Cultivating Mindfulness in Students

Authored by: Tyler L. Renshaw , Meagan D. O’Malley

Handbook of Positive Psychology in Schools

Print publication date:  March  2014
Online publication date:  February  2014

Print ISBN: 9780415621854
eBook ISBN: 9780203106525
Adobe ISBN: 9781136258398

10.4324/9780203106525.ch16

 Download Chapter

 

Abstract

Mindfulness is an ancient psychological construct that primarily originated with the teachings of the Buddha and the Eastern religious traditions that evolved from them. It was not until the 1970s that mindfulness moved out of the realm of religion and became a modern, applied psychological construct. This secularizing shift was spurred by the work of Jon Kabat-Zinn (1990) and his colleagues, who redefined mindfulness and repackaged it as the core construct in a stress-reduction intervention designed for inpatients experiencing severe pain—claiming that mindfulness “can be learned or practiced … without appealing to Oriental culture or Buddhist authority to enrich it or authenticate it” (p. 12). Since that time, Kabat-Zinn (1994) has redefined mindfulness several times, yet his most popular definition is a state of consciousness wherein one “pay[s] attention in a particular way: on purpose, in the present moment, and nonjudgmentally” (p. 4). Smalley and Winston (2010) have offered a similar definition of mindfulness as a state of conscious wherein one “observ[es] [one’s] physical, emotional, and mental experiences with deliberate, open, and curious attention” (p. 11). Moreover, Brown, Ryan, and Creswell (2007) have redefined it as having “receptive attention to and awareness of present events and experience” (p. 212). In an effort to consolidate and interpret the essence of these similar definitions, Renshaw (2012) has offered a unifying, common-core-components model of mindfulness, wherein the construct is conceptualized as a state of consciousness that is composed of three distinct subphenomena: attentive awareness, a receptive attitude, and intentionality.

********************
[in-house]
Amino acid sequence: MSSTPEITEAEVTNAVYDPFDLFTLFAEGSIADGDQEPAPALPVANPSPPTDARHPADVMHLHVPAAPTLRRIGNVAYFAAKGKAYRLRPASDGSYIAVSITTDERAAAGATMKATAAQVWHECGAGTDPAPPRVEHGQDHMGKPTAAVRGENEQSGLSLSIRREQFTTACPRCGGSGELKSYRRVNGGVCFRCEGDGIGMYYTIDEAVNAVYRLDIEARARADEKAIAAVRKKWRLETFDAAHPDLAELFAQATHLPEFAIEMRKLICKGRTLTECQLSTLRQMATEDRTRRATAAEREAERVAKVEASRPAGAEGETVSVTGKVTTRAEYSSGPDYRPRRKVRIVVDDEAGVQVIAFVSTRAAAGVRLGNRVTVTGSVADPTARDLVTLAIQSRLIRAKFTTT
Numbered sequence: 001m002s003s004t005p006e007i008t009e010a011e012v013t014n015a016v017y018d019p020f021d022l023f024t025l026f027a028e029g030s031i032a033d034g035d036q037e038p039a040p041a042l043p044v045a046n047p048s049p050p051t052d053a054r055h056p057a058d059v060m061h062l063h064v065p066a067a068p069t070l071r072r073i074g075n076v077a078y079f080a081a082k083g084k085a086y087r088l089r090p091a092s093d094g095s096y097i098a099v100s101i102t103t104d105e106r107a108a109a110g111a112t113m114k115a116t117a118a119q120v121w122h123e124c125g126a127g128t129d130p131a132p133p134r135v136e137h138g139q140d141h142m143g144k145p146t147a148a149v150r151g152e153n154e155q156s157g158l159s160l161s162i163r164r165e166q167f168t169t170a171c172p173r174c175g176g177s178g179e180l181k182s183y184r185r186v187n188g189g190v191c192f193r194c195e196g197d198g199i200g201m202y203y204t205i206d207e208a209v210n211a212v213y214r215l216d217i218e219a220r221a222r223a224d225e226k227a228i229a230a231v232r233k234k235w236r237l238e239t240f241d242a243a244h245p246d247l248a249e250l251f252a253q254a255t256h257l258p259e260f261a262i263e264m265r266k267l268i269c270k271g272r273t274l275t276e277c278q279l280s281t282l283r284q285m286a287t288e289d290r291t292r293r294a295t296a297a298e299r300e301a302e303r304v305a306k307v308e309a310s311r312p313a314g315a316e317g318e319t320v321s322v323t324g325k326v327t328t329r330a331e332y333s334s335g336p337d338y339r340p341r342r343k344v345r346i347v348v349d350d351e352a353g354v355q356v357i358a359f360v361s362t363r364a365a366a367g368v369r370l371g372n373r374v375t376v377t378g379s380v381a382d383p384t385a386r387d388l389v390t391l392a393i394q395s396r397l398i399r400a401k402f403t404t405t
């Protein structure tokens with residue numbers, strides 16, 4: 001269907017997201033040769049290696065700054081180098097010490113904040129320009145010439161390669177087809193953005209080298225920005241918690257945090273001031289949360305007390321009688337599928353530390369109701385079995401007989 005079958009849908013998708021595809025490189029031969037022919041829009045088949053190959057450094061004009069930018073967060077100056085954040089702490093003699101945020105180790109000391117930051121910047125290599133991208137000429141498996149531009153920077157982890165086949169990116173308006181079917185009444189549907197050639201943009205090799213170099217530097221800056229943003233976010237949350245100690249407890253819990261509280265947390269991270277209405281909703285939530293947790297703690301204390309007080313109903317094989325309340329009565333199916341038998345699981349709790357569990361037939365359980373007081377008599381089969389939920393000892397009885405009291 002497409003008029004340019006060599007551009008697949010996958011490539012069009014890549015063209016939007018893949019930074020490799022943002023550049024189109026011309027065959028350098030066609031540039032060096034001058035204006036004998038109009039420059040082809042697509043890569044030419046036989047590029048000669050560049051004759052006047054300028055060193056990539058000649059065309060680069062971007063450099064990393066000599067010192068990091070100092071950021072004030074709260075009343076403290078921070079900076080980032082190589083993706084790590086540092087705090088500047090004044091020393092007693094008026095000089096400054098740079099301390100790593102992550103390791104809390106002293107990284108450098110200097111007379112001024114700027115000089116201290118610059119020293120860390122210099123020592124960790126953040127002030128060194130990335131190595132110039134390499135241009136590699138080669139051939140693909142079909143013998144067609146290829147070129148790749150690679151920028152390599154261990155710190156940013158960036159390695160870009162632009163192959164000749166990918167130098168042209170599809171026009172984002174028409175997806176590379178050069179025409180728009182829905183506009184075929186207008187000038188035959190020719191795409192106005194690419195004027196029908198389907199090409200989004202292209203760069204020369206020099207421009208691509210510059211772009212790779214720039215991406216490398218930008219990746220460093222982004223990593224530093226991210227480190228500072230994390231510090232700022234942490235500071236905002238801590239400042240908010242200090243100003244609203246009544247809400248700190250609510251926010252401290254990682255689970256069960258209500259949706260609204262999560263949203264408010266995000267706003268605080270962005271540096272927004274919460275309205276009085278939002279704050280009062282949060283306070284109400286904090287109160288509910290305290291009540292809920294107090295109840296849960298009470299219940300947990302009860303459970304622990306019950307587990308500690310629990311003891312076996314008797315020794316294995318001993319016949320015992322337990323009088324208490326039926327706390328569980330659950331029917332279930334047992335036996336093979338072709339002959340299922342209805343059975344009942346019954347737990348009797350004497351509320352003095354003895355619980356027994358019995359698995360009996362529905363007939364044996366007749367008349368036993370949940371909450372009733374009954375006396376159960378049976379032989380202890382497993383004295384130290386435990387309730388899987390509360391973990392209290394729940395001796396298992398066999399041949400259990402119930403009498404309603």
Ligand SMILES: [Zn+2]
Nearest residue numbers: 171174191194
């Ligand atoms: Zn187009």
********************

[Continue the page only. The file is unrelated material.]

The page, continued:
Cite
Search for more...
Back to top

Use of cookies on this website

We are using cookies to provide statistics that help us give you the best experience of our site. You can find out more in our Privacy Policy. By continuing to use the site you are agreeing to our use of cookies.